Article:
Sunday, March 30, 2008
They don't talk about that part. Its all happy endings with Auntie Em. Sure she's glad to be home at first- safe, warm, asleep in her own bed. Naivety lost, but the sweetness of innocence intact. But that all melts into the gray.
My spring-self is feeling rather like Kansas after the return trip. Black & white swarming into my awake-but-gray matter. How un-Spring. I don't see any fever there. This is no lovely way to burn.
Or is it?
There is still art to be had in the unexpected, in the black & white. I put a roll of black & white film in my camera on accident and found that a pack of Koi arching the surface of an algae-toned pond look better that way once captured in still. Spring has turned into a roll of the wrong film, but beauty has a mind of its own and can always find a way out.
I got wrapped up in Spring Fever. The blush of warmth; the sneak peek of soft, sweet pink buds crept in like the first glass of wine of a night sure to end well. Window shopping eyes filled with the reflection of big brushes of bright fashion life swept up off the floor of designer palates. How they rushed into my wickedly fit to be tied wardrobe and begged to spring forth into the temperate city life. I wore the same green sweater in what felt like a Beatles lyric - eight days a week. It seemed my restlessness found solace in these shallow purchases.
Alas, like the weather itself, it did not find roots, and back to Kansas I could feel myself shrink beneath my gray coat as the city swept under a cold front- again. A frown as frigid as the northern wind that cruised with such casual cruelty over me. Spring, a temerarious season at best, not unlike myself. It seems my need for the vernal -- measured fittingly by its duality holding all and no authority as I stumble blindly into greenness -- never-minding my original desire for true heat.
Heat. I'm looking for heat. Dorothy may have ended up in Oz on accident, but she made the best of it. I maybe in the midst of a black & white Spring, but Summer beckons, and after Spring Fever comes Summer Fling.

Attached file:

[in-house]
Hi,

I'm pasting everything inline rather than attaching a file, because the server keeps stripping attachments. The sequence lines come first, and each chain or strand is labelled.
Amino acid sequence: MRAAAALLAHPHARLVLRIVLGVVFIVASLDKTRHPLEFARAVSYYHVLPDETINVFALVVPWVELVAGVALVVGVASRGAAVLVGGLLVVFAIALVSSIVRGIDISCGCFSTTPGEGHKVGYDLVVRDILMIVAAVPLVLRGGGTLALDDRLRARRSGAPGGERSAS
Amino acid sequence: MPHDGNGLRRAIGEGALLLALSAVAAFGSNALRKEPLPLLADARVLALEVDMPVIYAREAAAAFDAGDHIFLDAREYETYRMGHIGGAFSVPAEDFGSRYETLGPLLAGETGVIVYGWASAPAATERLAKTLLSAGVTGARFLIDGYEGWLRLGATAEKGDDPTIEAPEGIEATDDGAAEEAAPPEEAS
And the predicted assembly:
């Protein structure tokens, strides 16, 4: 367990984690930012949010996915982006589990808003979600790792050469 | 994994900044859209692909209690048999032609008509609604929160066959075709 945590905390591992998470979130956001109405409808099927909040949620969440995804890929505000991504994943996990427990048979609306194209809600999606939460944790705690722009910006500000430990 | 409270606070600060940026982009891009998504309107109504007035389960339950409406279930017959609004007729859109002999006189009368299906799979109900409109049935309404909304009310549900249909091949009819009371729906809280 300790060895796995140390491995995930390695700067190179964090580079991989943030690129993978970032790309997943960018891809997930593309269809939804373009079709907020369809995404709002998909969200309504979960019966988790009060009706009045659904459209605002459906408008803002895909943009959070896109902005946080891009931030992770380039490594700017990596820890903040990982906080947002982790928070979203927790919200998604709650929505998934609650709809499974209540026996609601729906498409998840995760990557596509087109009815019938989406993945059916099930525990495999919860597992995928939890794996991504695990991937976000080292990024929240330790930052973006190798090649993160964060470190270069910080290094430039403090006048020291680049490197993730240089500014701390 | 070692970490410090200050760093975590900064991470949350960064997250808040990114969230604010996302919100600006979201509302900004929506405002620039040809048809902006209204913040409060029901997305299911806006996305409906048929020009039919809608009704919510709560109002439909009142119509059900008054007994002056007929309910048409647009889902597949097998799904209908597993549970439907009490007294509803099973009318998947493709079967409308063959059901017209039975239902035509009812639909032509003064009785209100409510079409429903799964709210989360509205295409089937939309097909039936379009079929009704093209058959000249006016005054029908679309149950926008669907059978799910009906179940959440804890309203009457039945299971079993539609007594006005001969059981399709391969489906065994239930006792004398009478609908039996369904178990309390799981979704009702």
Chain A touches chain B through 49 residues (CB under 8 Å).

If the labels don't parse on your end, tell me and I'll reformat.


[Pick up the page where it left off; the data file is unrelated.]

Friday, March 28, 2008
Well, it used to be.
Now its Nina Simone on repeat just above audible so as not to wake the roommates.
White slips and red lipstick that no one sees but me.
Tiptoes in black heels that still make the floors creep so loud its like the quick, sharp feel of an ice cream headache.
Its too late to make this much noise-
At least all by myself.
She said I snap at everyone so much lately maybe I should live alone.
Alone. Earphones on all the time.
Alarmingly disalarmed, seeking solace in my lonely hostility.
Maybe I find a rush in bridled cruelty.
The same secret blood-race from wearing red heels standing on a chair looking through the tattered reflection before me.
(The chair is required. My mirrors- like my expectations- are set too high.)
I'm not supposed to engage in such high blood pressure.
It could kill me.
I could fall off that ornate, antique chair.
I could forget that I'm not alone.
Remember that nothing is really behind closed doors.
Its no secret that my slip is showing.
Tuesday, March 25, 2008
I am at work. That much it true, but my thoughts are elsewhere entirely. A black scarf fits snug around my neck in an attempt to create mock-warmth, as I know it is Spring somewhere (just not today in Washington and certainly not in this cubicle). Earphones recently purchased at Radioshack at the insistence of a young man who, as a selling point said, "I got the same ones and, I know I'm not sup'sed to say this, but... they're the shit," sit equally as snug in my ears (and evoke far more heat through the help of Modest Mouse). I nibble aimlessly on nut granola that I'm supposed to save for lunch (to mix spiritedly with yogurt and assorted fruit).